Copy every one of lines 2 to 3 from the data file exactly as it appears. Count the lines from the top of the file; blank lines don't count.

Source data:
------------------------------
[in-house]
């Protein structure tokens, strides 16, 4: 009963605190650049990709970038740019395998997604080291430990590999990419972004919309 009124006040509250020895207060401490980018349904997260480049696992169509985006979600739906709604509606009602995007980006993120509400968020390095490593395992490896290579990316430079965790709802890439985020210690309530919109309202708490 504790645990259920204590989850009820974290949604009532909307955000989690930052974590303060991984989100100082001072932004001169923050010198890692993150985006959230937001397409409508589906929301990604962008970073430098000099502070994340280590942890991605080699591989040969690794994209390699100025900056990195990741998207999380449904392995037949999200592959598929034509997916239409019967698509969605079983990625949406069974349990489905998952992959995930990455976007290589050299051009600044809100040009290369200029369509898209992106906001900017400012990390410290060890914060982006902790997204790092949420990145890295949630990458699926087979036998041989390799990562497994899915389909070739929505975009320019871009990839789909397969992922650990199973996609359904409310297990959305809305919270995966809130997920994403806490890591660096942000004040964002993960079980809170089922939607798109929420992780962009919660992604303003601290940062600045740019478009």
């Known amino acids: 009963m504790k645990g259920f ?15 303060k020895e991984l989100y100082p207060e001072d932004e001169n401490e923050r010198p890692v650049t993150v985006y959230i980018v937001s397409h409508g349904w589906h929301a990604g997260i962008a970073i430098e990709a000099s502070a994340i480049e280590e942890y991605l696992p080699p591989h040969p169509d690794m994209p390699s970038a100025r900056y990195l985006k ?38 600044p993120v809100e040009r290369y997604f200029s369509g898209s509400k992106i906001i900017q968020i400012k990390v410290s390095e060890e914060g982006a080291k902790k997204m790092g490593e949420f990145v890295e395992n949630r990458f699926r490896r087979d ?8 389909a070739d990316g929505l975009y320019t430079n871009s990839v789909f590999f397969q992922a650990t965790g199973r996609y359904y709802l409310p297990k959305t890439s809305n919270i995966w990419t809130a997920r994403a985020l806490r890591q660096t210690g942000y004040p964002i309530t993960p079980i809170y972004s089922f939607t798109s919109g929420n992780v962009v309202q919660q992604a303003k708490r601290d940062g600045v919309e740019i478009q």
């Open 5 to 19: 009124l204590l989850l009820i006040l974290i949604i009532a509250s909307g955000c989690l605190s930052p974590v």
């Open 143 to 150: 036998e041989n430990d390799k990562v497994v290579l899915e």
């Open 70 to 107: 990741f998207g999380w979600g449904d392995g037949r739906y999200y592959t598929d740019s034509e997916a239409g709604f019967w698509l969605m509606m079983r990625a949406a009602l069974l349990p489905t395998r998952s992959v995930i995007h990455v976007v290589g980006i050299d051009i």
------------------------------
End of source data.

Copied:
């Protein structure tokens, strides 16, 4: 009963605190650049990709970038740019395998997604080291430990590999990419972004919309 009124006040509250020895207060401490980018349904997260480049696992169509985006979600739906709604509606009602995007980006993120509400968020390095490593395992490896290579990316430079965790709802890439985020210690309530919109309202708490 504790645990259920204590989850009820974290949604009532909307955000989690930052974590303060991984989100100082001072932004001169923050010198890692993150985006959230937001397409409508589906929301990604962008970073430098000099502070994340280590942890991605080699591989040969690794994209390699100025900056990195990741998207999380449904392995037949999200592959598929034509997916239409019967698509969605079983990625949406069974349990489905998952992959995930990455976007290589050299051009600044809100040009290369200029369509898209992106906001900017400012990390410290060890914060982006902790997204790092949420990145890295949630990458699926087979036998041989390799990562497994899915389909070739929505975009320019871009990839789909397969992922650990199973996609359904409310297990959305809305919270995966809130997920994403806490890591660096942000004040964002993960079980809170089922939607798109929420992780962009919660992604303003601290940062600045740019478009």
């Known amino acids: 009963m504790k645990g259920f ?15 303060k020895e991984l989100y100082p207060e001072d932004e001169n401490e923050r010198p890692v650049t993150v985006y959230i980018v937001s397409h409508g349904w589906h929301a990604g997260i962008a970073i430098e990709a000099s502070a994340i480049e280590e942890y991605l696992p080699p591989h040969p169509d690794m994209p390699s970038a100025r900056y990195l985006k ?38 600044p993120v809100e040009r290369y997604f200029s369509g898209s509400k992106i906001i900017q968020i400012k990390v410290s390095e060890e914060g982006a080291k902790k997204m790092g490593e949420f990145v890295e395992n949630r990458f699926r490896r087979d ?8 389909a070739d990316g929505l975009y320019t430079n871009s990839v789909f590999f397969q992922a650990t965790g199973r996609y359904y709802l409310p297990k959305t890439s809305n919270i995966w990419t809130a997920r994403a985020l806490r890591q660096t210690g942000y004040p964002i309530t993960p079980i809170y972004s089922f939607t798109s919109g929420n992780v962009v309202q919660q992604a303003k708490r601290d940062g600045v919309e740019i478009q």